Children who have been treated with certain forms of complementary or alternative medicine may be less likely to get the flu vaccine, according to a new study.
The exact reason behind this link is not clear. However, it may be because the health care providers involved in complementary and alternative medicine treatments are hesitant to recommend vaccines, the researchers said. It's possible that some practitioners of complementary or alternative medicine may even advise parents against vaccinating their kids against flu, the researchers said.
The results show that children who may have had contact with a practitioner of complementary and alternative medicine had lower odds of receiving the flu vaccine, said lead study author William Bleser, a researcher in health policy and administration at Pennsylvania State University. [Flu Shot Facts & Side Effects (Updated for 2016-2017)]
In the study, the researchers looked at information collected on 9,000 U.S. children ages 4 and 17, who took part in the 2012 National Health Interview Survey. The survey is conducted yearly by researchers at the Centers for Disease Control and Prevention. Bleser and his colleagues looked at the use of complementary and alternative medicine, as well as the flu vaccine among the survey participants.
They found that 8 percent of the kids had used a biologically based therapy, such as herbal supplements; 7 percent had used a manipulative and body-based therapy, such as chiropractic manipulation; 5 percent had used a mind-body therapy, such as yoga; and 4 percent had used an alternative medical system, such as acupuncture.
Of all the kids in the study, 43 percent had received an influenza vaccine in the previous year. When the researchers took a closer look at the data, they found that those children who had ever used an alternative medical system or received a manipulative and body-based therapy were less likely to receive the flu vaccine in the prior year compared to those who had never received those types of alternative care. [6 Flu Vaccine Myths]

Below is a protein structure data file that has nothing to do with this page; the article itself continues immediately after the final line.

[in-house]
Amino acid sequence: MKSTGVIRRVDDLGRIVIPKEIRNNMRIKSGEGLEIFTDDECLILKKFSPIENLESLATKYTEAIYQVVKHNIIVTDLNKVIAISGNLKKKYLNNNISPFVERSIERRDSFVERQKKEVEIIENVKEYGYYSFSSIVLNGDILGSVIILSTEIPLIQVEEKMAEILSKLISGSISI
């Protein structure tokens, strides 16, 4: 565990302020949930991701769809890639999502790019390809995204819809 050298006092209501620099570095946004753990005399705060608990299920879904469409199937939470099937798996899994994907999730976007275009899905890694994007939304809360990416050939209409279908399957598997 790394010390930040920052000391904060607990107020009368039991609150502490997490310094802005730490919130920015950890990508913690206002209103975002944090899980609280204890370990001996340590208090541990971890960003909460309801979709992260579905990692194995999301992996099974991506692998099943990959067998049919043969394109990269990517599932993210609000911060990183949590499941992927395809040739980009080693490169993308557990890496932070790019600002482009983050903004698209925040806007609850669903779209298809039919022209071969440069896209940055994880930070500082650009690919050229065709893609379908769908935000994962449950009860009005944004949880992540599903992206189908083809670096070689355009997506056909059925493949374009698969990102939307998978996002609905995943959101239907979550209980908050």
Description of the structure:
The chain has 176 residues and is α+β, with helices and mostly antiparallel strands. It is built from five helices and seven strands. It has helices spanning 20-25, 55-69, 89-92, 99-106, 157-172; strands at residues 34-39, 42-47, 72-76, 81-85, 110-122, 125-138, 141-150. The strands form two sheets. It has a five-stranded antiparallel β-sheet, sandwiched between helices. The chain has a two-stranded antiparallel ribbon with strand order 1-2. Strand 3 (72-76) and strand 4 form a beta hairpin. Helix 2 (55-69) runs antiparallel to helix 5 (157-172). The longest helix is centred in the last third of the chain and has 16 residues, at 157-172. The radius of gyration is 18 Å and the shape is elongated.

However, the researchers did not find significant differences in the rates of flu vaccinations between the kids who had ever received any of the other types of alternative care and those who had never received those types of care, according to the study, published today (Oct. 3) in the journal Pediatrics.
More research is needed to determine why exactly children who have received certain types of alternative treatments may be less likely to receive the flu vaccine, the researchers said.
The results suggest that practitioners of conventional medicine should ask their patients whether they use any alternative treatments and should aim to engage more with practitioners of alternative medicine to try to increase vaccination rates among children, the researchers said.
Originally published on Live Science.
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